Glandular fever - Symptoms 

Symptoms of glandular fever 

Symptoms of glandular fever take around one to two months to develop after infection with the Epstein-Barr virus. This is known as the incubation period.

Common symptoms

The most common symptoms of glandular fever are:

  • a high temperature (fever) of 38ºC (100.4ºF) or above
  • sore throat – usually more painful than any previous throat infection you may have had
  • swollen glands (nodes) in your neck and possibly in other parts of your body, such as under your armpits

In addition to throat pain, you may also have:

  • swollen tonsils
  • the inside of your throat may be very red and ooze fluid
  • swollen adenoids, which are two lumps of tissue at the back of your nose
  • small purple spots on the roof of your mouth

Other symptoms

Other symptoms of glandular fever include:

  • fatigue (extreme tiredness)
  • a general sense of feeling unwell
  • a headache
  • chills
  • sweats
  • loss of appetite
  • pain behind your eyes
  • swelling of your spleen – this may cause a noticeable and tender swelling or lump in the left side of your abdomen (tummy)
  • swelling or "puffiness" around your eyes
  • swelling of your liver – this usually causes mild pain and tenderness in the lower right side of your abdomen
  • jaundice – yellowing of the whites of your eyes and skin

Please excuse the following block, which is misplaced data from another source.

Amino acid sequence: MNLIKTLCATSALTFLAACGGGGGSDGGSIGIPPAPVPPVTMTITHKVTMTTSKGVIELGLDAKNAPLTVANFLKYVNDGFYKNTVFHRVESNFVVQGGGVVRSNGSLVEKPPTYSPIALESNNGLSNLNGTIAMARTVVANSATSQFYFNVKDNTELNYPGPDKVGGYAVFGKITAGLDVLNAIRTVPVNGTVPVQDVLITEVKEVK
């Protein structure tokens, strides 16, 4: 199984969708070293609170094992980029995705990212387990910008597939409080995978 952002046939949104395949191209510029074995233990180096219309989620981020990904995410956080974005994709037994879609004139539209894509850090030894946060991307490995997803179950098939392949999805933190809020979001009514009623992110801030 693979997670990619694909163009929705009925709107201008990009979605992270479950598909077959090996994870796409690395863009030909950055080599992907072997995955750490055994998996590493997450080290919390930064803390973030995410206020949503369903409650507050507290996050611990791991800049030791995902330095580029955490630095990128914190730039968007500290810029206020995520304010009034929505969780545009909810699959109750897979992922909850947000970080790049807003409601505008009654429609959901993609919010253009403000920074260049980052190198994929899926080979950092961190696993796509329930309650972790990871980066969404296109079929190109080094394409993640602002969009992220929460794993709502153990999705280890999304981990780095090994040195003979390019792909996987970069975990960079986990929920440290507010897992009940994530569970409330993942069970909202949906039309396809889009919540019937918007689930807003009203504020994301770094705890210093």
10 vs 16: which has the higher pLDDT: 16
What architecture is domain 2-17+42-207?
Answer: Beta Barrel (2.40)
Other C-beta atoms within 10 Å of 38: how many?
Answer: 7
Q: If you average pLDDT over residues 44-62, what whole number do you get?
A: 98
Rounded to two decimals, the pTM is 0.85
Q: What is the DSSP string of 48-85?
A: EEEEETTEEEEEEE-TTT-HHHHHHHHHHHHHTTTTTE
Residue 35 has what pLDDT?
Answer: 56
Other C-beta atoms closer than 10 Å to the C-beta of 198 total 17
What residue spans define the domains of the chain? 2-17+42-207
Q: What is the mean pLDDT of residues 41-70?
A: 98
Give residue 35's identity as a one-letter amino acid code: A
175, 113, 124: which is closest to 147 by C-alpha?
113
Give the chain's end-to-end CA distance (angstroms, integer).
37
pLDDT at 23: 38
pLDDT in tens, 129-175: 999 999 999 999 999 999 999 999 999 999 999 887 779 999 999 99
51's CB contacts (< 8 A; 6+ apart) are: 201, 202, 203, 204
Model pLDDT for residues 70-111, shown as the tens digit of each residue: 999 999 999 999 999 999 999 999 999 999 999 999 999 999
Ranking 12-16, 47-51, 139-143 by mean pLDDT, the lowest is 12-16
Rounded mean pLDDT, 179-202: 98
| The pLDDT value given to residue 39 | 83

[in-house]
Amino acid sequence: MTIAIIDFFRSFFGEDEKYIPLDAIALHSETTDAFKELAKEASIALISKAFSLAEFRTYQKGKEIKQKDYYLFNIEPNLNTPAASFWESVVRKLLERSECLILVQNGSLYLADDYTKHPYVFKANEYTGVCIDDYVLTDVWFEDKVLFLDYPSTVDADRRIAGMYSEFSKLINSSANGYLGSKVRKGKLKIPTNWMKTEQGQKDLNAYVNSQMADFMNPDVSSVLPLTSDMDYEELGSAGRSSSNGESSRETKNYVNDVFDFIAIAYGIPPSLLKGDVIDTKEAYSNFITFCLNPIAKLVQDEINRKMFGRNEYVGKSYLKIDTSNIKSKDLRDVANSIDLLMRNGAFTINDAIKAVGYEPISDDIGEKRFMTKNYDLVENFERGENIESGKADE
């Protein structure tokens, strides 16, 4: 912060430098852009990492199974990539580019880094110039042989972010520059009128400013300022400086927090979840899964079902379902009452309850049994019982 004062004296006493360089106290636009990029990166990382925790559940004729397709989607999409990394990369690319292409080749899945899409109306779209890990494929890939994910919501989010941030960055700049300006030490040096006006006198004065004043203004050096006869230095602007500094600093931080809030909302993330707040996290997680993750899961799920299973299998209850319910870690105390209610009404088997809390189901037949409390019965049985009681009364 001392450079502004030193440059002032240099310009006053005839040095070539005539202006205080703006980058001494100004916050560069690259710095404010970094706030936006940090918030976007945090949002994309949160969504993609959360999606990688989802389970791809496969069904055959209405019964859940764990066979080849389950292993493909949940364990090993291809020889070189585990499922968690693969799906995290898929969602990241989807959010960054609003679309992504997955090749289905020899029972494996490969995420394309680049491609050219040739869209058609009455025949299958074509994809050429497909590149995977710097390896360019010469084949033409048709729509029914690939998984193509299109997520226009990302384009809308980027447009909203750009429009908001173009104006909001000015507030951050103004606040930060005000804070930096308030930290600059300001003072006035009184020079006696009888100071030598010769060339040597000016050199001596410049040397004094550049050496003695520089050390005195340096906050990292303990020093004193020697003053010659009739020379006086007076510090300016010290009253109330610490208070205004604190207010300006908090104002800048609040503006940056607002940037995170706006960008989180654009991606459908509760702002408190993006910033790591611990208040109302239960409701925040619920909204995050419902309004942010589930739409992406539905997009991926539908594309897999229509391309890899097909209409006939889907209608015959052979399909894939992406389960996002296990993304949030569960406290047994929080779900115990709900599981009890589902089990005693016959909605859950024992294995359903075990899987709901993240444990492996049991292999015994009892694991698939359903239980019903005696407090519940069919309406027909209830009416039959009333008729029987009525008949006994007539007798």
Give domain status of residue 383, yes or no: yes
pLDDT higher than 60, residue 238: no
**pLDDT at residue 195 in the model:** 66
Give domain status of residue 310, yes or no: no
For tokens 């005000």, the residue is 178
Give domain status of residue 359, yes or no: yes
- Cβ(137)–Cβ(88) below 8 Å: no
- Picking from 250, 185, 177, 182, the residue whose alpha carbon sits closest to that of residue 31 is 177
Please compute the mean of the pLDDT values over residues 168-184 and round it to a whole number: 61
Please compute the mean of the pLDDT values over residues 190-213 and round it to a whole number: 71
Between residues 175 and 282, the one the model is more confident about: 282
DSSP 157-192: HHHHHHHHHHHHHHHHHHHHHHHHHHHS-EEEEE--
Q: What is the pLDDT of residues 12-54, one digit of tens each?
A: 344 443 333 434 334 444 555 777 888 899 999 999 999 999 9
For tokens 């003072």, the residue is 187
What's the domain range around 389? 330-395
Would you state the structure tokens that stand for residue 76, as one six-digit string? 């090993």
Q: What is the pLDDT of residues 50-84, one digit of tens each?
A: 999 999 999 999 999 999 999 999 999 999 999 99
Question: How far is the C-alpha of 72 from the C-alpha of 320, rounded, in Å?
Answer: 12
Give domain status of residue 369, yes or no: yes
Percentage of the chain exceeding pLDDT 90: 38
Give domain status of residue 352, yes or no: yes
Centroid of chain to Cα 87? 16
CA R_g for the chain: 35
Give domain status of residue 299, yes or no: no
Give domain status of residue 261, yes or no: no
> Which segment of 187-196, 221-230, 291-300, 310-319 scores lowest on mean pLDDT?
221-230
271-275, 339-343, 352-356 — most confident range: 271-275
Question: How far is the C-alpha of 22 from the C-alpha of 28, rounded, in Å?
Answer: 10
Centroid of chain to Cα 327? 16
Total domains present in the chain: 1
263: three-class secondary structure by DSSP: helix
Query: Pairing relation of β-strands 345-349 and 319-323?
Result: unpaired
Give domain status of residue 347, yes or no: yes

The course of the infection

In most cases of glandular fever, the symptoms will resolve within two to three weeks of the initial infection. Your sore throat will be at its worst for three to five days after symptoms start before gradually improving, and your fever will usually last 10 to 14 days.

Fatigue is the most persistent symptom and can last for several weeks. However, in about one in 10 people fatigue lasts for up to six months. Most people will be able to resume normal activities within one to two months.

When to seek medical advice

You should contact your GP if you suspect that you or your child has developed glandular fever.

While there is little that your GP can do in terms of treatment other than provide advice and support, blood tests may be needed to rule out less common but more serious causes of your symptoms, such as hepatitis (a viral infection that can cause liver disease) and HIV.

Seek urgent medical help if you or your child experience any sudden, intense lower abdominal pain.

Page last reviewed: 24/10/2012

Next review due: 24/10/2014